The kamchadals




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THE KAMCHADALS

BY

WALDEMAR JOCHELSON


TYPESCRIPT PREPARED BY INGRID SUMMERS AND DAVID KOESTER

(Typed in the spring of 1993)

This version of Jochelson’s unpublished manuscript, The Kamchadals, was typed up in preparation for fieldwork in Kamchatka in 1993-94. The typing was done rapidly and has not been carefully proofed against the original. There are without doubt inconsistencies between this text and the original. We attempted to preserve the text as it appeared, including misspellings. Some misspellings, however, were corrected automatically in the computer typing process and some have been corrected for clarity. Original page breaks were also maintained for easy reference to the original. Some differences in pagination may nevertheless exist between this and the original. This text is provided here for those who would like to know the nature of the material in the manuscript. Those who need exact knowledge of the text with precise original spellings should consult the original. This is especially true for the linguistic material for which we did not have time to add and check diacritical marks.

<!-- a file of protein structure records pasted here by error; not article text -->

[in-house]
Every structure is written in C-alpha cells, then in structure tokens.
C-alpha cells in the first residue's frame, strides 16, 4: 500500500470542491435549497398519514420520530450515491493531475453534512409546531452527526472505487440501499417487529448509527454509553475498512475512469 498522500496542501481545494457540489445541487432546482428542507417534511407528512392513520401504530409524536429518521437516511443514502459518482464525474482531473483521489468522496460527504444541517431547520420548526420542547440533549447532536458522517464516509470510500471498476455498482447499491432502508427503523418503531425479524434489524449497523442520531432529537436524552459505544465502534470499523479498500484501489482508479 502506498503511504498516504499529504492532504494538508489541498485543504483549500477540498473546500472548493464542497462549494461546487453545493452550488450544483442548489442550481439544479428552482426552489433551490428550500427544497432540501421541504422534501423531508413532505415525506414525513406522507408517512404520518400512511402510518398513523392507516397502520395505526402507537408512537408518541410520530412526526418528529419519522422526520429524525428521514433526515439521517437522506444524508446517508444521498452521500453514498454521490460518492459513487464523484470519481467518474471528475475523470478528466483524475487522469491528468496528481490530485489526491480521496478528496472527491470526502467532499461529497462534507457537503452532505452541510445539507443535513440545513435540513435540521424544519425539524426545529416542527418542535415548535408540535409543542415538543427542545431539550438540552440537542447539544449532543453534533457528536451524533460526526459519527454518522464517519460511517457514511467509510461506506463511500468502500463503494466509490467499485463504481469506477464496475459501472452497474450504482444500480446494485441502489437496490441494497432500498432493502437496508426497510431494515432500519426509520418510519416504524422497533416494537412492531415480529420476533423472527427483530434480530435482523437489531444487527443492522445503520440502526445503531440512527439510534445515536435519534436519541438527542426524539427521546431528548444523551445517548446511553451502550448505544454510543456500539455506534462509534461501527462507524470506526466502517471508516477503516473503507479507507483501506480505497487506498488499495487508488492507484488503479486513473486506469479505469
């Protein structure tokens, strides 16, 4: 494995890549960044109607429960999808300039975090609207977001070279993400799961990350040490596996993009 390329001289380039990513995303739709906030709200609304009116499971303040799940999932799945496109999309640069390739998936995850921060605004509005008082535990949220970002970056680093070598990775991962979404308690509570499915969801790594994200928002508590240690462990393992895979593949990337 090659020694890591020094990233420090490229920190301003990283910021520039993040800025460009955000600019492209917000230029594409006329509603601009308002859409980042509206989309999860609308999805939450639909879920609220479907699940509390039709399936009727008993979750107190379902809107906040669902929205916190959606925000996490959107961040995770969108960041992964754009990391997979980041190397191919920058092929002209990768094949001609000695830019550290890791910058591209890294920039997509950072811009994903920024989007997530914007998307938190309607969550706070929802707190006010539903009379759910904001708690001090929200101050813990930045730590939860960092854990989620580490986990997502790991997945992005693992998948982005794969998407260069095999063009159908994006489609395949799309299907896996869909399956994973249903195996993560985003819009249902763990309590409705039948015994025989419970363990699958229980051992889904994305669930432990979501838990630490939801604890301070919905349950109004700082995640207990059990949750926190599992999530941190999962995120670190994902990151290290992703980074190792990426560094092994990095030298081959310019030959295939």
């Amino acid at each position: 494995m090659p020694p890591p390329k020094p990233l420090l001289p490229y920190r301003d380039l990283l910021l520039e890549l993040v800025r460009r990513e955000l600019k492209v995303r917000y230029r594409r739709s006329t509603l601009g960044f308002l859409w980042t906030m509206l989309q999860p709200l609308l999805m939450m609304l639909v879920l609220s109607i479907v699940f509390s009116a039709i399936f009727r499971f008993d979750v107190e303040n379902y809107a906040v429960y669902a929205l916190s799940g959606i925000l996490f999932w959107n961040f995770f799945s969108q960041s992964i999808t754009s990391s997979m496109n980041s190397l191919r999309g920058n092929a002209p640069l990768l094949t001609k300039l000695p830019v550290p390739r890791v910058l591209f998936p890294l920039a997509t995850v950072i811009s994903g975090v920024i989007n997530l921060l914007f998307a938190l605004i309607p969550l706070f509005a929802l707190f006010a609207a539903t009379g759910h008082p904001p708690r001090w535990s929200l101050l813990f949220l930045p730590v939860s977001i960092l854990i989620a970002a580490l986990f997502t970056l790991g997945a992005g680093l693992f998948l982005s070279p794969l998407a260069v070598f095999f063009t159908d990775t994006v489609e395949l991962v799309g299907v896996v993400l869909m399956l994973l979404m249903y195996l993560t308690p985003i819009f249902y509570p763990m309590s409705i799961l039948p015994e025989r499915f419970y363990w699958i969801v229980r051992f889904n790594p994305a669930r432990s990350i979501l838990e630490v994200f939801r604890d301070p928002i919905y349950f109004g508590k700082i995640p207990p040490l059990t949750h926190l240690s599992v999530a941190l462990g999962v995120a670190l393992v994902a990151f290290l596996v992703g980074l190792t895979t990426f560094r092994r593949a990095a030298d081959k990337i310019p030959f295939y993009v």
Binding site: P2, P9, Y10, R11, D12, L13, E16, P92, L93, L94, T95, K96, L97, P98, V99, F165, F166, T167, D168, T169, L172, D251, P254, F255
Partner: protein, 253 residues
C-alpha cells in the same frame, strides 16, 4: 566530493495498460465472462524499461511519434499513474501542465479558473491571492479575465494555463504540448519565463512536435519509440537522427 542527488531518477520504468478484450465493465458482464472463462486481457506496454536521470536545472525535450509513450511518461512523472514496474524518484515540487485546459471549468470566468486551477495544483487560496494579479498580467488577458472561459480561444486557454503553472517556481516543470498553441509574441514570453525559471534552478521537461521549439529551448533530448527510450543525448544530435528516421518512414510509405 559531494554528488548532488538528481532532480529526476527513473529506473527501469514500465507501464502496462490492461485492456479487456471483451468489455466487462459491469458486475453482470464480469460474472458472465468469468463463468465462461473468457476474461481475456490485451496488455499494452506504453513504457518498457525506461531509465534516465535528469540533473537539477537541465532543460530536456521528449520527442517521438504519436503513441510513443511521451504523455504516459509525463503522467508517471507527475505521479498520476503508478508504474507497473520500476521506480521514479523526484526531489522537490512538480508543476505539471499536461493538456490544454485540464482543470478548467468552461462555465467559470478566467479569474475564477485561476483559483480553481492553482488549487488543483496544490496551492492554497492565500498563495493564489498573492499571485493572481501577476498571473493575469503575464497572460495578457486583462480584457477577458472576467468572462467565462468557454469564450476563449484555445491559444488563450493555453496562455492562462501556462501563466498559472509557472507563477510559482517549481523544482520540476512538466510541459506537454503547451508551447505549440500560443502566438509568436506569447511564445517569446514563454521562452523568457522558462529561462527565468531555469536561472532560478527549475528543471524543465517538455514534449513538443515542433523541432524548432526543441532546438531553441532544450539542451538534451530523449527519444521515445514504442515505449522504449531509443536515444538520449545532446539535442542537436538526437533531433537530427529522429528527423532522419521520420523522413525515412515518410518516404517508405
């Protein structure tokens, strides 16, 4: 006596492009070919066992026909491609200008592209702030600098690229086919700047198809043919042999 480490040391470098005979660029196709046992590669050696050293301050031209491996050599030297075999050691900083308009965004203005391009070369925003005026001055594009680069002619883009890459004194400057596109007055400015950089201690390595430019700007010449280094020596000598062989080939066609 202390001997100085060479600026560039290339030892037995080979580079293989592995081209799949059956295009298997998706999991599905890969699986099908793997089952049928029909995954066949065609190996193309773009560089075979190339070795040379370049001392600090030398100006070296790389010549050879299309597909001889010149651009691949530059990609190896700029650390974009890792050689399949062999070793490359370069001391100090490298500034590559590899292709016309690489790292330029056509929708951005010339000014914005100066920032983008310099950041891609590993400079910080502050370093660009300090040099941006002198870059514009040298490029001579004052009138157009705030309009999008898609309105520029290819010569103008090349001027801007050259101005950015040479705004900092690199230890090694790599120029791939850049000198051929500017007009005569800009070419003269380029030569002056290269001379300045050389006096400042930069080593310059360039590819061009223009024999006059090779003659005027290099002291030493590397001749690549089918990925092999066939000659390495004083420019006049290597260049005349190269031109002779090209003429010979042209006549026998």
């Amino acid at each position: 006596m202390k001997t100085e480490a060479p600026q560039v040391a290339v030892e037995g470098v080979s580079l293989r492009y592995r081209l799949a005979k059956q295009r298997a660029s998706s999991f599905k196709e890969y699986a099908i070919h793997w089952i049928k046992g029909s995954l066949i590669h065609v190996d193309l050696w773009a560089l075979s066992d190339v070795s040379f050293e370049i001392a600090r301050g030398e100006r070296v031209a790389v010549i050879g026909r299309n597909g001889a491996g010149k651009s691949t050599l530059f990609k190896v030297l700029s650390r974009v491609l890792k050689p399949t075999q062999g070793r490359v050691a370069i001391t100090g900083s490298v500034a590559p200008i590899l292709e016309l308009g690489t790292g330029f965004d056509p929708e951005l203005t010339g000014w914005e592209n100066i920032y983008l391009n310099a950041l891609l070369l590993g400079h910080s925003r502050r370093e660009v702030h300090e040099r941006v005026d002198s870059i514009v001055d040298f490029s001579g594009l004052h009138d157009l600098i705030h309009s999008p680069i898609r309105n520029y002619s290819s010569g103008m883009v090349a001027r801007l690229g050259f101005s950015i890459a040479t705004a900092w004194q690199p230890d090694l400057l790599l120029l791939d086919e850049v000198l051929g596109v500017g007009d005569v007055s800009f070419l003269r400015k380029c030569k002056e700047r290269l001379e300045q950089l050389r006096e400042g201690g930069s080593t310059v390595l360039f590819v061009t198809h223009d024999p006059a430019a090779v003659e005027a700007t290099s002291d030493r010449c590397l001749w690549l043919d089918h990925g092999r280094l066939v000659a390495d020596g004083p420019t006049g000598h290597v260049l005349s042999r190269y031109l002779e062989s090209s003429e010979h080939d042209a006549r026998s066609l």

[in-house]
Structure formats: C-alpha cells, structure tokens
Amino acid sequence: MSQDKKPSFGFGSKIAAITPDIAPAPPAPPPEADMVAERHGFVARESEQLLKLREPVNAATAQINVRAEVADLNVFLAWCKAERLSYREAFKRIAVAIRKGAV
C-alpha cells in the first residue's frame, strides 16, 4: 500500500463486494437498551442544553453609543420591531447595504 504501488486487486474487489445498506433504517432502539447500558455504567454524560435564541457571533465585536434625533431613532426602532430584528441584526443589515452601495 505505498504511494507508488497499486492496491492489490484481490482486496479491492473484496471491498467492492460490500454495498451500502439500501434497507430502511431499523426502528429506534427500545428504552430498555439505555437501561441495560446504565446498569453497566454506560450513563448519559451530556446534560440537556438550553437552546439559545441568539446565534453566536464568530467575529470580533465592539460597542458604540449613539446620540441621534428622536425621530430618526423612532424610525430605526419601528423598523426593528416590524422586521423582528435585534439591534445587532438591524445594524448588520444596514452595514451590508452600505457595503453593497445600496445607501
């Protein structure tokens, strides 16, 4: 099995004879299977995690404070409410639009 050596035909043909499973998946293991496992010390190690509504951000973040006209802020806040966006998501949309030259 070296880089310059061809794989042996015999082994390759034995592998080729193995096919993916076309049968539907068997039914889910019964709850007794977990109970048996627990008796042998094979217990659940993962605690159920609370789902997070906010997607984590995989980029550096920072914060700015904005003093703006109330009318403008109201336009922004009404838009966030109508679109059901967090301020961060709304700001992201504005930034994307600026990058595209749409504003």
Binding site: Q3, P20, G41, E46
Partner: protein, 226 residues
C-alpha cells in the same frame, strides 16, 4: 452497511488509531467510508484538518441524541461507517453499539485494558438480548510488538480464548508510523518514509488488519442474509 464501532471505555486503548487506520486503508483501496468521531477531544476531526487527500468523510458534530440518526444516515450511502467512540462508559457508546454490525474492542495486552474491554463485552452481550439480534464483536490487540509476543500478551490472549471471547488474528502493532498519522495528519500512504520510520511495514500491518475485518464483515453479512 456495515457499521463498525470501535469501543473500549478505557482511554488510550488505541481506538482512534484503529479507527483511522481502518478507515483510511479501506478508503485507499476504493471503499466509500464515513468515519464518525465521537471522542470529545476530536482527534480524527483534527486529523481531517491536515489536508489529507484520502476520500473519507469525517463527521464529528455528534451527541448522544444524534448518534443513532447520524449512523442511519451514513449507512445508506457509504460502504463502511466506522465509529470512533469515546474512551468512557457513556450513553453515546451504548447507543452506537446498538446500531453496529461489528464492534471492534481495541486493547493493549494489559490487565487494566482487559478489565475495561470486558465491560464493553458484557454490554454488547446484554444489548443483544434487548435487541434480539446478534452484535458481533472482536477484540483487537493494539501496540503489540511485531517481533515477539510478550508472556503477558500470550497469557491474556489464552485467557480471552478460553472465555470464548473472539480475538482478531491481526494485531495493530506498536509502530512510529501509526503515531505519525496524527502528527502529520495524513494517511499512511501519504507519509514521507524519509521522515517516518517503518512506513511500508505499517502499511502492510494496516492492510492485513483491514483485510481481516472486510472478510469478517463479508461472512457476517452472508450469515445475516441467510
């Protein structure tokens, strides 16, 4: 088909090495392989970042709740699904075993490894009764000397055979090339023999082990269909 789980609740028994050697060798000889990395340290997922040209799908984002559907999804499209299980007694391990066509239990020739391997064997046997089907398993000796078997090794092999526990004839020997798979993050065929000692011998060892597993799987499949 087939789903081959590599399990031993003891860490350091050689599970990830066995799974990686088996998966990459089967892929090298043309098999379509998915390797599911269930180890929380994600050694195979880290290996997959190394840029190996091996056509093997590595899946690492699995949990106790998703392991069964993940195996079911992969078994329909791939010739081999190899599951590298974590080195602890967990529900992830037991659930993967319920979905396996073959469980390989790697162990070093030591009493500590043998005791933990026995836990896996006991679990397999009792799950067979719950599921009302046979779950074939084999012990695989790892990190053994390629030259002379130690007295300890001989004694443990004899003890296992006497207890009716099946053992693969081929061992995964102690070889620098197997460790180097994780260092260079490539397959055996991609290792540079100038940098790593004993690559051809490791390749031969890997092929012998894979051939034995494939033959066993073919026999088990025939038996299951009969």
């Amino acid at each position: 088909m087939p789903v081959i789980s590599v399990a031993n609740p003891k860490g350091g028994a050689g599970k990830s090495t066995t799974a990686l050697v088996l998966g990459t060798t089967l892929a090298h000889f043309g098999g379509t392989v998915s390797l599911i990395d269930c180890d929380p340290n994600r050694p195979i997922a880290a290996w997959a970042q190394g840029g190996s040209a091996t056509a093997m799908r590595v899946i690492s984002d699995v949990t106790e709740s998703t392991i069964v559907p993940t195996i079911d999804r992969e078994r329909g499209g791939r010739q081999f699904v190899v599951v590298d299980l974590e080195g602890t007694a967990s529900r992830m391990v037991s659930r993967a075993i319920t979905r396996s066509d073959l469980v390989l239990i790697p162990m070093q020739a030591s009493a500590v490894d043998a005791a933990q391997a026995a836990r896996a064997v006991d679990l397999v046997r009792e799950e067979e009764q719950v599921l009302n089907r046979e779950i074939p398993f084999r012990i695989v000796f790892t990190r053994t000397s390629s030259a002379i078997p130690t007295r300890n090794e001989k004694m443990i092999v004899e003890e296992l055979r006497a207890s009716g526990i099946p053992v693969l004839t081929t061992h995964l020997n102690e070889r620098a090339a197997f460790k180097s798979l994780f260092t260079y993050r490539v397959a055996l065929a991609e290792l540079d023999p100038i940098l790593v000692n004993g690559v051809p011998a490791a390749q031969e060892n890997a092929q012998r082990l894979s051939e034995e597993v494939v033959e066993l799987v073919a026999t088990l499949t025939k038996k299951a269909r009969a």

The original typescript is held in the:

Waldemar Jochelson Papers

Manuscripts and Archives Division

The New York Public Library

Astor, Lenox and Tilden Foundations

Many thanks for permission to use the materials in this manner.
Online typescript: 2005, www.faculty.uaf.edu/ffdck
Contact: David Koester

Department of Anthropology

University of Alaska Fairbanks

www.uaf.edu/anthro


THE COUNTRY OF THE KAMCHADALS

Geologic Past of Kamchatka. Professor Obruchov1 says that at the end of the Miocene Epoch the western shore of Kamchatka was sinking, and Professor Bogdanovich2 supposes that during the Pliocene Epoch a considerable part of the present western and eastern shores of the peninsula were still covered with water. The beginning of the Quaternary, says Obruchov, evidently formed a continental phase of the Mio-Pliocene Epochs; the land in Siberia reached its maximum extension; the Bering Strait did not exist as yet, and the Chuckchee Peninsula was connected with Alaska, and therefore the northeast of Siberia must have had a milder climate than at present. But all these are geological periods which preceded the appearance of man.